Budgeting a barbecue is not exactly my favorite activity, but I was once a broke college student and I need something to write about, so here we are. According to a 2015 study, barbecue costs rose 30% in just ten years, so that’s sort of a bummer. Plus all those constant cool-looking recipes and wild decorations showing up in your news feed probably make you want to try and impress your guests. Really, all you need to do is provide them with a burger. Now, for the purpose of this article, I do only mean barbecues where you do the cooking. Let’s talk about potlucks for a second and then get started.
You will obviously save money if everyone else does the cooking. That’s just not the point here. I suffer from potluck anxiety and think they’re kind of a hassle. Why? The hassle part is simple. I don’t want the whole back and forth of what everyone’s bringing. It’s easy at work, where everyone has to stare at the signup sheet, but it’s not so easy when you’re spread out. As for the anxiety part… Once we had a potluck and this woman brought a “taco ring.” No one touched it, we had to google a picture of an actual one, and her feelings were forever hurt. I know I cook fine, but I don’t know about the rest of you. So, no advice on potlucks (unless you like themes), but if you run out of money, have guests bring soda, paper plates, chips, etc. Those are simple, save you a little shopping, and won’t embarrass anyone.
Guide to Budgeting a Barbecue
Set Your Guest List, then Set your Budget
Budgeting a barbecue really has to start with setting your guest list. Are you inviting the whole neighborhood? Just family? Get a number. This is very important. You can spend the same amount of money either way, or up it for more people, but a lot of people opens up the possibility of bulk shopping whereas a few does not. If you already shop at Costco for everything and you know you’re going to eat three gallons of mayo whether you have guests or not, you feel free to buy it. Just remember that you’re not saving money if you overbuy and waste food.
Make a List
Seems obvious, doesn’t it? If you’re budgeting a barbecue, you need to make a grocery list. No winging it, no seeing what’s on sale when you get there. I mean, you can always change your game plan if you planned on burgers but there’s a fabulous deal on chicken. But you’re going to be cooking more than one thing, right? So you should have a full list, one you take with you that you can cross off (totally okay to use a to-do list app for this if you want) as you go. This will make sure that (1) you don’t forget anything and (2) you don’t buy multiples of something you already have. Oh, and friends? Don’t put decorations on your list. Let’s be honest, no one cares if your house is decorated for a barbecue.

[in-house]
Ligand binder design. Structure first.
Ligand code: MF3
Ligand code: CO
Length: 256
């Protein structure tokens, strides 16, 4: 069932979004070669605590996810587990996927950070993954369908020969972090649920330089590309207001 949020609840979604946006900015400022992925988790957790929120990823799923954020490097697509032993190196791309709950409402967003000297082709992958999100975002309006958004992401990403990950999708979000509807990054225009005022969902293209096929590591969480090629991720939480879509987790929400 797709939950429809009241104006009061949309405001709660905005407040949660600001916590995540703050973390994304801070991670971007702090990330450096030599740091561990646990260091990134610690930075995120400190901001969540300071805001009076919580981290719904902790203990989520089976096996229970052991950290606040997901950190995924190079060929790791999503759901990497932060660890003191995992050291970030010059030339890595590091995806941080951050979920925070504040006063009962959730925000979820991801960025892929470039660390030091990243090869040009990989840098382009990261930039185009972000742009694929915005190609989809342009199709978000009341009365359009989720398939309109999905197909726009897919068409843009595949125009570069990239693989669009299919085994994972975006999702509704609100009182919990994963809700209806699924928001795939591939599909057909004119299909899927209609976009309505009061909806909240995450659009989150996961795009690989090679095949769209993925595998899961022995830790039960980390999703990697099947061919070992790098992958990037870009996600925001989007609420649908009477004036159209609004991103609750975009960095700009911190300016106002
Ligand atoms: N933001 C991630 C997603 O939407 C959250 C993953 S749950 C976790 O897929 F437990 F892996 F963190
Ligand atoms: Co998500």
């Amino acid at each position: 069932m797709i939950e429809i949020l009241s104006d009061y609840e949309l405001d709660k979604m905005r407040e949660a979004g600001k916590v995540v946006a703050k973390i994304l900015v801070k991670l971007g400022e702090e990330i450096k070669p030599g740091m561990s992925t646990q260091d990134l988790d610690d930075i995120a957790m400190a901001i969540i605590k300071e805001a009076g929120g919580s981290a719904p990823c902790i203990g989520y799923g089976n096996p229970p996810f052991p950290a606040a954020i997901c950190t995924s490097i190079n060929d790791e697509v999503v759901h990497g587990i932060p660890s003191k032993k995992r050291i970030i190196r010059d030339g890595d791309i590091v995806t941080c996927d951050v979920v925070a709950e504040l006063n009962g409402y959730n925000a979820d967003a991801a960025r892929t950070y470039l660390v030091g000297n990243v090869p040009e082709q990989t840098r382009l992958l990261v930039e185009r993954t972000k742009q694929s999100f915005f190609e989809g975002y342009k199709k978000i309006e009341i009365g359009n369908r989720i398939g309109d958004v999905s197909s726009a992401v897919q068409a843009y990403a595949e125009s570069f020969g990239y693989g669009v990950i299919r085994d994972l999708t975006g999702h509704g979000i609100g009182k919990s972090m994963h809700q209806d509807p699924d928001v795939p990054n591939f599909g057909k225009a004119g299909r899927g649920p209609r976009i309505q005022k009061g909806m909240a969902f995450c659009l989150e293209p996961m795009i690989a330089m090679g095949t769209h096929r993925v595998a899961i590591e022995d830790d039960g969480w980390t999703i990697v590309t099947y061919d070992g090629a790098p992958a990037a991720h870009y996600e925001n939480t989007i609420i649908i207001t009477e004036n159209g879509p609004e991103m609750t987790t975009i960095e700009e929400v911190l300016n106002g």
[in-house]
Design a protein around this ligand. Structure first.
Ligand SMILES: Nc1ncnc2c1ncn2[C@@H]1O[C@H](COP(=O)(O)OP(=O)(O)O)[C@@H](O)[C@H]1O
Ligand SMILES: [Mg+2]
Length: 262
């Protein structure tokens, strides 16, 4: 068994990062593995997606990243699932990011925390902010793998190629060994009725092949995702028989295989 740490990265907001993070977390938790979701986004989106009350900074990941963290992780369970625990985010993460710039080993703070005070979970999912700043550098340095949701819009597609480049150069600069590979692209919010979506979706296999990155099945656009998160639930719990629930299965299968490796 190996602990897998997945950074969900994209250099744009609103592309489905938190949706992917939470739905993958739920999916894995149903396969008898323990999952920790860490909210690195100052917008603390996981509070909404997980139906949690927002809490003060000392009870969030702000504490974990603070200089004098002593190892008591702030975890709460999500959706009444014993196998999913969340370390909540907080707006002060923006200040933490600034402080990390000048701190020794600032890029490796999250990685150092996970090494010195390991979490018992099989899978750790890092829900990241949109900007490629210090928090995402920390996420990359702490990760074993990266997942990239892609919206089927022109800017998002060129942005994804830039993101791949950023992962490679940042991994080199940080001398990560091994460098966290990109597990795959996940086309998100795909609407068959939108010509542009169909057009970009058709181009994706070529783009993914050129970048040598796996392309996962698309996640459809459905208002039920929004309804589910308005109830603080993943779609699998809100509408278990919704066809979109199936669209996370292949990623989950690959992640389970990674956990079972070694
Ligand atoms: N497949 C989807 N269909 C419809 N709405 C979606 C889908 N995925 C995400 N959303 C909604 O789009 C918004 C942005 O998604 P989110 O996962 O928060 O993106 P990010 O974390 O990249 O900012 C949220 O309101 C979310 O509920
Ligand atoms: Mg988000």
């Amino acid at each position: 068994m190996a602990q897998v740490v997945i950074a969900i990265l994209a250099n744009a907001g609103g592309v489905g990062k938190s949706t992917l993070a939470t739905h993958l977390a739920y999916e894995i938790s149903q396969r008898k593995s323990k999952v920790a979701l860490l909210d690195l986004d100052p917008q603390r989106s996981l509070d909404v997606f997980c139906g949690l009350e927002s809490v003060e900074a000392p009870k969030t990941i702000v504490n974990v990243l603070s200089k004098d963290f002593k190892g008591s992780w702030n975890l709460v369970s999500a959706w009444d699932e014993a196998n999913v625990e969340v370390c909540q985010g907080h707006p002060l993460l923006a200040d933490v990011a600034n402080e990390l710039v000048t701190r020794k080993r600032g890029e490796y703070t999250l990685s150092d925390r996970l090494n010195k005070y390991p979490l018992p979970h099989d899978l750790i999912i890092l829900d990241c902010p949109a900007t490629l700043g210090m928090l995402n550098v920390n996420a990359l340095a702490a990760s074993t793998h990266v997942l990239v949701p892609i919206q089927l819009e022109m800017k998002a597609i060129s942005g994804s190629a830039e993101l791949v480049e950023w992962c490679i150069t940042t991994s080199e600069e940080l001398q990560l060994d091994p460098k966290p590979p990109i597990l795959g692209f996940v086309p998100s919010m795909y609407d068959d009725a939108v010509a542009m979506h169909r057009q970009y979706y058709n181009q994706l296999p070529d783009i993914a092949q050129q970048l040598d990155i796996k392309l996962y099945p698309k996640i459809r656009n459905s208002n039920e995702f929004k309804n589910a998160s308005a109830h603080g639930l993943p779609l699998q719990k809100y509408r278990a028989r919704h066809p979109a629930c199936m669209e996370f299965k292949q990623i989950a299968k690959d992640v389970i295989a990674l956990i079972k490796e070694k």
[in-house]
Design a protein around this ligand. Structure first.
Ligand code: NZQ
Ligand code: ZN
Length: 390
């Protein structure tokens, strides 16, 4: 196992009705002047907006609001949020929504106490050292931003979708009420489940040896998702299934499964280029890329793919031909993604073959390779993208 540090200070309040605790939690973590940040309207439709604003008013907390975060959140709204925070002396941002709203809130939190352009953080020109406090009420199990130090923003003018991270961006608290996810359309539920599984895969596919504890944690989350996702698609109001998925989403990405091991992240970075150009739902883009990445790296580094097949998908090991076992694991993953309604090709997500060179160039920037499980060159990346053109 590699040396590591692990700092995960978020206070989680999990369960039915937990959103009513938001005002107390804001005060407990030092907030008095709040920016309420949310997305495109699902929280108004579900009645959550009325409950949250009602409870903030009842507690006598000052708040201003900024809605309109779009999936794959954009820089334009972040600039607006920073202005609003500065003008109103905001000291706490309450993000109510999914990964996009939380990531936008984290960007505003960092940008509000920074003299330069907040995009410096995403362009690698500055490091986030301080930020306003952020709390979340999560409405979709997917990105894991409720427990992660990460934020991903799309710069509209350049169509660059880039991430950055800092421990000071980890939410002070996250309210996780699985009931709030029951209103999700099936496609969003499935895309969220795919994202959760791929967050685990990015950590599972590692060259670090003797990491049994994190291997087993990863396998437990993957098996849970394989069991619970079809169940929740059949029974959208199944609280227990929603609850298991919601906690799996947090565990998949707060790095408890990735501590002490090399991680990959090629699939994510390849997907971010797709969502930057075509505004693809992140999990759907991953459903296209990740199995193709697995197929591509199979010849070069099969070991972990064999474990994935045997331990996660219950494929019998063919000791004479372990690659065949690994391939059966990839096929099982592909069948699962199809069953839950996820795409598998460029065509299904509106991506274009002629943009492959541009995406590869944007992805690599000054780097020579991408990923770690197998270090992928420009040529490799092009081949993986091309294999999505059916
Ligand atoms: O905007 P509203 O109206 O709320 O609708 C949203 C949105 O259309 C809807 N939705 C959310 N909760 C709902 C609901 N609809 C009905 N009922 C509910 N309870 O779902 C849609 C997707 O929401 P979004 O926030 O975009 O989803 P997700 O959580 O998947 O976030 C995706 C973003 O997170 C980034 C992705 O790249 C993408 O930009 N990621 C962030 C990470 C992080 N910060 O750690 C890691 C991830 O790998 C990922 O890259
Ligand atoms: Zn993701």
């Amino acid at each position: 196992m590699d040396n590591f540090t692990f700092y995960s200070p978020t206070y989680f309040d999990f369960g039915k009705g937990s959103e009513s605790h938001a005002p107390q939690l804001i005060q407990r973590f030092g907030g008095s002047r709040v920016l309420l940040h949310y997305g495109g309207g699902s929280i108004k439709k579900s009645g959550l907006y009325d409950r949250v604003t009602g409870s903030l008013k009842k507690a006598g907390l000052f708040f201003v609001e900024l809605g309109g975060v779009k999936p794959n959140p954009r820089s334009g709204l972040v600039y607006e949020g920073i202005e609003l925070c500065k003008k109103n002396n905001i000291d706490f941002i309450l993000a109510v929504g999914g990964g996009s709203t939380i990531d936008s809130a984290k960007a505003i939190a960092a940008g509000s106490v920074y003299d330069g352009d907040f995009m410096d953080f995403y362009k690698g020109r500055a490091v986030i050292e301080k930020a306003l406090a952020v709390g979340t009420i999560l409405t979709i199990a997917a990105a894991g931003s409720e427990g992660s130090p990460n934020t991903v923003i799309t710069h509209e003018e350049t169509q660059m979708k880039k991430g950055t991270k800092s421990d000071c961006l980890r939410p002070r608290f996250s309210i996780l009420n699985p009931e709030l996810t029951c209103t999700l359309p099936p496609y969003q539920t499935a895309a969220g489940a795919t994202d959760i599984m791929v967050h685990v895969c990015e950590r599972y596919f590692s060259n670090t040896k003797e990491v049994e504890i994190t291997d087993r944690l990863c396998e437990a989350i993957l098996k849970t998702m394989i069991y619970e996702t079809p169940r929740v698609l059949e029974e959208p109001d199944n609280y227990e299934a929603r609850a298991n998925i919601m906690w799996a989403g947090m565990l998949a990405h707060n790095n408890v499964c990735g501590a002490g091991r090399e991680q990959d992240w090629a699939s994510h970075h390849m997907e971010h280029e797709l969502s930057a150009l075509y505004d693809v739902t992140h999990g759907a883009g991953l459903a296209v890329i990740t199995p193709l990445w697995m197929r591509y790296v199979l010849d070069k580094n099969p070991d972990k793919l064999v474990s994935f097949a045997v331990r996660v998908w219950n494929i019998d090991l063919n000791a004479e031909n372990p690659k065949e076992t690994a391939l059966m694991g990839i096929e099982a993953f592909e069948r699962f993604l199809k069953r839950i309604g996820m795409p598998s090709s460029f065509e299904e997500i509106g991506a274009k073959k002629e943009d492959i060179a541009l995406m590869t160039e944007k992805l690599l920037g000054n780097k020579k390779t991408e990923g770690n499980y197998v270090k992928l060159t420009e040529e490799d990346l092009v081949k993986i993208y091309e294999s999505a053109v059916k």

Choose to Hoard or Last Minute Shop
I realize this sounds kind of conflicting, but you have to know what kind of shopper you are. Some people will do better budgeting a barbecue if they don’t have to store food for longer than a week, but others will want not be able to stick to a list if they do it at the last minute. If you’re an advanced budgeter or couponer, you should go ahead and hoard. You can pick up the best deals for non-perishables (like baked beans) and then hide them away somewhere. If you are more likely to eat everything you hoard and have to rethink your game plan, go ahead and shop last minute.
Coupon, Coupon, Coupon
Couponing might sound like a tedious old man’s game, but friends, it’s all on your phones now. Whatever grocery store you use, I’m sure they have an app. Download it, load up their digital coupons, get the rewards card, etc. Then get your Ibotta and Checkout 51 deals too. Don’t know what those are? What, have you been living under a rock? These are apps that offer you cash back if you get specific brands or amounts of things. You should go through all these apps after you do your list, but before you do your shopping. You won’t necessarily see the savings right away, but you only need to get to $20 to cash out, and it goes straight to Paypal. So easy. Oh, and pro-tip for North Carolinians – you can’t see the alcohol deals if you set your address as North Carolina in Ibotta, but they are there if you plan on drinking.
Some of you may be thinking geez, these are pretty obvious. I guess, but this is budgeting a barbecue 101. You have to get started with the basics. If you don’t read my blog regularly, you might not know this, but I love to experiment. For example, I once checked to see what Pinterest-worthy coolers actually worked to keep your drinks cold outside.I recently did some budget experimentation. So, if you’re ready for some more serious barbecue budgeting, read on!